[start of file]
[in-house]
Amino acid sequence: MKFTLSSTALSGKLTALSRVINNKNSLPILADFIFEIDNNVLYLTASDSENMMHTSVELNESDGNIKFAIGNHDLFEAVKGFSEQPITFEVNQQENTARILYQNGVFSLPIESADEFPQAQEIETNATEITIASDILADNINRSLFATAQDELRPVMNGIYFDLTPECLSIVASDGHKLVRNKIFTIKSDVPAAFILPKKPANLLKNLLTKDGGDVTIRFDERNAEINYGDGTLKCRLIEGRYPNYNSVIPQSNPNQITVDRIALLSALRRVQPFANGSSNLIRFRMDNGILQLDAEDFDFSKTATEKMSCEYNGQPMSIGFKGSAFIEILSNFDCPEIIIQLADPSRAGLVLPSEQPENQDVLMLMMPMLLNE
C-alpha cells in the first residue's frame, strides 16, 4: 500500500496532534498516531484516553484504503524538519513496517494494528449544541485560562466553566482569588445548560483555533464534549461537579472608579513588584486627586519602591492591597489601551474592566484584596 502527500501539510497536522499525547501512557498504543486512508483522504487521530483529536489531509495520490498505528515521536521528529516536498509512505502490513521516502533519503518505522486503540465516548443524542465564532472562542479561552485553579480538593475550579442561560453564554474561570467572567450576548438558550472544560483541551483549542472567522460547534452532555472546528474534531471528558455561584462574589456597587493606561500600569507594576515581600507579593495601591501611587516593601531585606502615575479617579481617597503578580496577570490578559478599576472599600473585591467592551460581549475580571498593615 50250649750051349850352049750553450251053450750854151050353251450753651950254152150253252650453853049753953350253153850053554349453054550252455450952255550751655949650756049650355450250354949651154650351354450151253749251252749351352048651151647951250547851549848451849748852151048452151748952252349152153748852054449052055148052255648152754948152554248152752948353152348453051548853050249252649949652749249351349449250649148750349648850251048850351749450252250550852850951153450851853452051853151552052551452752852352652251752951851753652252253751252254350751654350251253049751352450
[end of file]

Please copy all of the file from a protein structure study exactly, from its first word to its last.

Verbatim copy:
[in-house]
Amino acid sequence: MKFTLSSTALSGKLTALSRVINNKNSLPILADFIFEIDNNVLYLTASDSENMMHTSVELNESDGNIKFAIGNHDLFEAVKGFSEQPITFEVNQQENTARILYQNGVFSLPIESADEFPQAQEIETNATEITIASDILADNINRSLFATAQDELRPVMNGIYFDLTPECLSIVASDGHKLVRNKIFTIKSDVPAAFILPKKPANLLKNLLTKDGGDVTIRFDERNAEINYGDGTLKCRLIEGRYPNYNSVIPQSNPNQITVDRIALLSALRRVQPFANGSSNLIRFRMDNGILQLDAEDFDFSKTATEKMSCEYNGQPMSIGFKGSAFIEILSNFDCPEIIIQLADPSRAGLVLPSEQPENQDVLMLMMPMLLNE
C-alpha cells in the first residue's frame, strides 16, 4: 500500500496532534498516531484516553484504503524538519513496517494494528449544541485560562466553566482569588445548560483555533464534549461537579472608579513588584486627586519602591492591597489601551474592566484584596 502527500501539510497536522499525547501512557498504543486512508483522504487521530483529536489531509495520490498505528515521536521528529516536498509512505502490513521516502533519503518505522486503540465516548443524542465564532472562542479561552485553579480538593475550579442561560453564554474561570467572567450576548438558550472544560483541551483549542472567522460547534452532555472546528474534531471528558455561584462574589456597587493606561500600569507594576515581600507579593495601591501611587516593601531585606502615575479617579481617597503578580496577570490578559478599576472599600473585591467592551460581549475580571498593615 50250649750051349850352049750553450251053450750854151050353251450753651950254152150253252650453853049753953350253153850053554349453054550252455450952255550751655949650756049650355450250354949651154650351354450151253749251252749351352048651151647951250547851549848451849748852151048452151748952252349152153748852054449052055148052255648152754948152554248152752948353152348453051548853050249252649949652749249351349449250649148750349648850251048850351749450252250550852850951153450851853452051853151552052551452752852352652251752951851753652252253751252254350751654350251253049751352450